Chinese exports up sharply in December but then they are like a yo-yo

Posted on 10 January 2013 with no comments from readers

China’s exports rose 14.1 per cent in December from a year earlier while imports increased 6 percent, leaving a trade surplus of $31.6 billion, the customs administration said today in Beijing.
Bloomberg TV reports.

China is fast emerging as the world leader in trade and has the prime capacity of reckoning with the US in becoming the biggest economy in the world. What is slumbering its growth a little bit is the changing political and demographical relationship with the trading partners or partner countries. The exports are symbols of the country’s economic growth, regulatory stability and foreign relationships with the leaders and the followers. A scratch in any of these leads to a drastic change in the number of imports and the subsequent revenue along with funding for internal development.

For example, consider the foreign policies on border sharing, cross-border firing and military operations with one of the neighbors of China which is also a growing economic power. Ever since the end of British colonialism and World Wars, the two countries have had many on and offs in their international relations, with even a widespread war in the 1970s.

The country is probably one of the largest markets of Chinese goods with a separate sector for goods made in China. Chinese products carved a niche for themselves because of their extraordinary cheap prices and ensemble of many desired featured into a single item at affordable rates. A made in China smartphone very frequently created record takers in the online retail sales also mimicked the market impact of Bitcoin Loophole in the gadget freaks.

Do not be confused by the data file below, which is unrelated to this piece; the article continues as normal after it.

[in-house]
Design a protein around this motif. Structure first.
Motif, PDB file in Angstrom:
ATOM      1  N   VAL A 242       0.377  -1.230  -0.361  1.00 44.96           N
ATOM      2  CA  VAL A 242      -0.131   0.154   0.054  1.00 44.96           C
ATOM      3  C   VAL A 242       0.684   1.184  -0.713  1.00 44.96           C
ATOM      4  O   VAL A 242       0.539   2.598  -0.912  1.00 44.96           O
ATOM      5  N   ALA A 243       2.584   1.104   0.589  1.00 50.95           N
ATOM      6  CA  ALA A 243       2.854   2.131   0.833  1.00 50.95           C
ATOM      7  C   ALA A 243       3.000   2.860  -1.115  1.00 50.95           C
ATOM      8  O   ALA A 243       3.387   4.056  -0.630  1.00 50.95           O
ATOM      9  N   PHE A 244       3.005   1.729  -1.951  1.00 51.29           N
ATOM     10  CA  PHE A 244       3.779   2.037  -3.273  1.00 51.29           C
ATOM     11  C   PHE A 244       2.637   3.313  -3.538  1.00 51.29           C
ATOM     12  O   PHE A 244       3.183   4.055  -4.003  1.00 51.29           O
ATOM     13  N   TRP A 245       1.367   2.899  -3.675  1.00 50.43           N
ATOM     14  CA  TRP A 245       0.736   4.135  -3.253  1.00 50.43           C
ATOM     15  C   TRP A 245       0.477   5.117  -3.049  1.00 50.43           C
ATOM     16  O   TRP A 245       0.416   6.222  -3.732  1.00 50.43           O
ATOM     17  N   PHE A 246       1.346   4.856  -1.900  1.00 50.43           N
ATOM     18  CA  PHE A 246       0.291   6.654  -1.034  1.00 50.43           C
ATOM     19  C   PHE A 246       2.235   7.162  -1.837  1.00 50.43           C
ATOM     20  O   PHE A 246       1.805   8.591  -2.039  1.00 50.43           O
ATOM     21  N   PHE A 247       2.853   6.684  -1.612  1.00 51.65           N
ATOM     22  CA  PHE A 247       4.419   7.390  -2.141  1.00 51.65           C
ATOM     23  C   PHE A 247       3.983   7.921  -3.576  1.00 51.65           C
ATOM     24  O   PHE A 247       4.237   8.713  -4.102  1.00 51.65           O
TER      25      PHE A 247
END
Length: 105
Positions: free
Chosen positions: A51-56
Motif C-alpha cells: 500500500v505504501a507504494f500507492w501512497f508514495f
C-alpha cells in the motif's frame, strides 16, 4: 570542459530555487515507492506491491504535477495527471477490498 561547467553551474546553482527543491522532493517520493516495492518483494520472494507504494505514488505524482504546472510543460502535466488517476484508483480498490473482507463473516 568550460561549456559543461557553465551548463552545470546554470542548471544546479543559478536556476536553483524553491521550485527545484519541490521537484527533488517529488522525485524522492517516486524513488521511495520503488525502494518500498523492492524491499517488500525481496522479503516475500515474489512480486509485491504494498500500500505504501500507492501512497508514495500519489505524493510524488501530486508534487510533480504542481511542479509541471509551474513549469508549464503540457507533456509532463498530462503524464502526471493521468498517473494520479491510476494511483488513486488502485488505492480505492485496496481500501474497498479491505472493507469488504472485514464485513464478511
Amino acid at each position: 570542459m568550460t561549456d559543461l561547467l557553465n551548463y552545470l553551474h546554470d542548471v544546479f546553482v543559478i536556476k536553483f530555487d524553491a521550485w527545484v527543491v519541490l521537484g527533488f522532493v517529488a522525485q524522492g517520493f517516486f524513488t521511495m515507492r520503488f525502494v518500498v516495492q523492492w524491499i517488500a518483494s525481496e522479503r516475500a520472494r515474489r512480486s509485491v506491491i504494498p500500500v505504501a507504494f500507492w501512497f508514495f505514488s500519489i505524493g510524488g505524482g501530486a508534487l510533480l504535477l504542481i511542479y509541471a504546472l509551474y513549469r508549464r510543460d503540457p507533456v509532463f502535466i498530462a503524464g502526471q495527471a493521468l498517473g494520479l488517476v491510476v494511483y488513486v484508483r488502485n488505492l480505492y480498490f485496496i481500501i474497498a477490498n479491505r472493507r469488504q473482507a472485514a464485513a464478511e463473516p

Continued military actions along the controversial border ranges of the two countries and the difference in opinion on giving support to certain refugees had smoked fire into the steaming bilateral ties between them. The differences grew so strong that there was a mass movement to boycott Chinese goods and there was a sudden decline in the export market of China. The mutual talks between the political officials and military heads of the two countries led to the dissolution of tension to a great extent with a temporary agreement on the border issues and non-involvement in each other’s diplomatic decisions. The import-export market has ever since seen a revival. Chinese exports often see preferences and downgrading with each international event and making up the major source of country’s income throughout in spite of it.

However, in May last year exports were up 16 per cent only to drop to a 2.9 per cent increase in November, so this is an erratic data series. One swallow does not a summer make though of course global stock markets loved this…